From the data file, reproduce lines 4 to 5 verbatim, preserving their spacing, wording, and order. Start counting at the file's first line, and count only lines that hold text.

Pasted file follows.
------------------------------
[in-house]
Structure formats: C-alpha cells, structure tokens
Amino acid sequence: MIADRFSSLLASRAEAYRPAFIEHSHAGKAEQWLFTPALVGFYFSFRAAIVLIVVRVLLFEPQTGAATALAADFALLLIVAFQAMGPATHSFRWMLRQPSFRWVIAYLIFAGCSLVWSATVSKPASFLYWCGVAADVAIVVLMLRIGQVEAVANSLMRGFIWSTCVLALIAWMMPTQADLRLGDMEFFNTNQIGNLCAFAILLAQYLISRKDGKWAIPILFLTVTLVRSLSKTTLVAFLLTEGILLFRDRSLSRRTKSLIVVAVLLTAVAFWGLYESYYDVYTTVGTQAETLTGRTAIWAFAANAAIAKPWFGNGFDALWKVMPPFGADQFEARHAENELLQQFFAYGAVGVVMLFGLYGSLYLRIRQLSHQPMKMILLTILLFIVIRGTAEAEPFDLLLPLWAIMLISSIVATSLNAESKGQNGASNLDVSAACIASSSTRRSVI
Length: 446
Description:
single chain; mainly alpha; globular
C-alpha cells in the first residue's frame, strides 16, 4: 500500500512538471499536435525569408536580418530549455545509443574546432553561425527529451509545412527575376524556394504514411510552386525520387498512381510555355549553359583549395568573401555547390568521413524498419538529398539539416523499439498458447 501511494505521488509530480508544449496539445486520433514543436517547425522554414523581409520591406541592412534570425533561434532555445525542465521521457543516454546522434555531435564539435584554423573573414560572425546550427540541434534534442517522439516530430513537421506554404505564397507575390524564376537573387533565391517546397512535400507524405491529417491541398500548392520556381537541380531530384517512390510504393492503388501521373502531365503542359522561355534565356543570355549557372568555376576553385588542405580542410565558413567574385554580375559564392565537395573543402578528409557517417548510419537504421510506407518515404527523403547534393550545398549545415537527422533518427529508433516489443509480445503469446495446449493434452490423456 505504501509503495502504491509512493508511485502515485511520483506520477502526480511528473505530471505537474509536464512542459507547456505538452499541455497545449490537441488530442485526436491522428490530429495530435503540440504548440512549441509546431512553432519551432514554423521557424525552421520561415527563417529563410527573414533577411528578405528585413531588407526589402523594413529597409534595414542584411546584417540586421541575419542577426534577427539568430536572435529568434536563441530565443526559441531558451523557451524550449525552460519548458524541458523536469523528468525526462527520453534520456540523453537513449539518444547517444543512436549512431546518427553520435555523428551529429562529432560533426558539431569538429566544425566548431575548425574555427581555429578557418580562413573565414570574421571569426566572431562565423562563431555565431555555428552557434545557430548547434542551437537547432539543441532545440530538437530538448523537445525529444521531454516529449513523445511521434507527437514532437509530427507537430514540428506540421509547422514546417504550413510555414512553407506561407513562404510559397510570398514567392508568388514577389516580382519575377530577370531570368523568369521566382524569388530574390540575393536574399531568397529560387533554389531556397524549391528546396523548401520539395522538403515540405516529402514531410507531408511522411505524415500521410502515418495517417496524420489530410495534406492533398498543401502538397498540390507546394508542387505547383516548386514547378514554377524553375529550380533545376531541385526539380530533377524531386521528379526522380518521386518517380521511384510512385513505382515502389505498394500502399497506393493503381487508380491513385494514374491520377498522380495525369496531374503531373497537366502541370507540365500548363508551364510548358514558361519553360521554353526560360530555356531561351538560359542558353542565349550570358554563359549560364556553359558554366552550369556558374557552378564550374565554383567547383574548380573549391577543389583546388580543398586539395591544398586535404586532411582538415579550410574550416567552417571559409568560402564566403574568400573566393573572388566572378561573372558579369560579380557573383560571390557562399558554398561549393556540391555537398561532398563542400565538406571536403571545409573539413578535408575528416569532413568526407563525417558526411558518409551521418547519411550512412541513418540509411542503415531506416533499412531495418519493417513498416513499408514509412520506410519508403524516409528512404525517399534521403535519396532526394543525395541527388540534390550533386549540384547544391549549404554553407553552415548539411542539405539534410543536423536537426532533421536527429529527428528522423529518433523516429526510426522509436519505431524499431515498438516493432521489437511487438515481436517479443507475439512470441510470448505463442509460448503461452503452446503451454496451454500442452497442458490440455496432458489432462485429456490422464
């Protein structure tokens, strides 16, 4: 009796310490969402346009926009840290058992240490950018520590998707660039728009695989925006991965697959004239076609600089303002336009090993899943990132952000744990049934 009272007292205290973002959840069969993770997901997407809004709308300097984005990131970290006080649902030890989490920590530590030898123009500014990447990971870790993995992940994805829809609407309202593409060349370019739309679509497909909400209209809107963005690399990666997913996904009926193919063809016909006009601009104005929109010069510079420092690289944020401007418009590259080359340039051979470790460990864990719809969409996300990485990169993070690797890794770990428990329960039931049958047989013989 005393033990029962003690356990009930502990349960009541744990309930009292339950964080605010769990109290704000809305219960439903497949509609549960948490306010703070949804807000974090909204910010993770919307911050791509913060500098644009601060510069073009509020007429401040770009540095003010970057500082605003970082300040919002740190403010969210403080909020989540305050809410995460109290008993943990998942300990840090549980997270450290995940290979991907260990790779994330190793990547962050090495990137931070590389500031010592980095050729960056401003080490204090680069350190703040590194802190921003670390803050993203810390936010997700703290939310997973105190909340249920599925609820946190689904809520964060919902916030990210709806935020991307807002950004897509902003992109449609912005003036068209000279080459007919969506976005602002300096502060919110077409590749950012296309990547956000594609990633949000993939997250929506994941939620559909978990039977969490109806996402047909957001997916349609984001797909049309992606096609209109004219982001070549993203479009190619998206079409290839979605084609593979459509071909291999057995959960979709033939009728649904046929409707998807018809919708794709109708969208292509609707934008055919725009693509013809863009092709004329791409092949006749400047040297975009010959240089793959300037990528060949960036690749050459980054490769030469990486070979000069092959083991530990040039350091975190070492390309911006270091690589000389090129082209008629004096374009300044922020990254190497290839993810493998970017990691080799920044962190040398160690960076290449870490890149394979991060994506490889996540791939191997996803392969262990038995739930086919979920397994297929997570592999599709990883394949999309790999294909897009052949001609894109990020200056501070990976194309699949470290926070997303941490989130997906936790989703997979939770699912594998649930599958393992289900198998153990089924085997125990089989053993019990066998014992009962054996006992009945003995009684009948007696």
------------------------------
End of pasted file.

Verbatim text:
Length: 446
Description: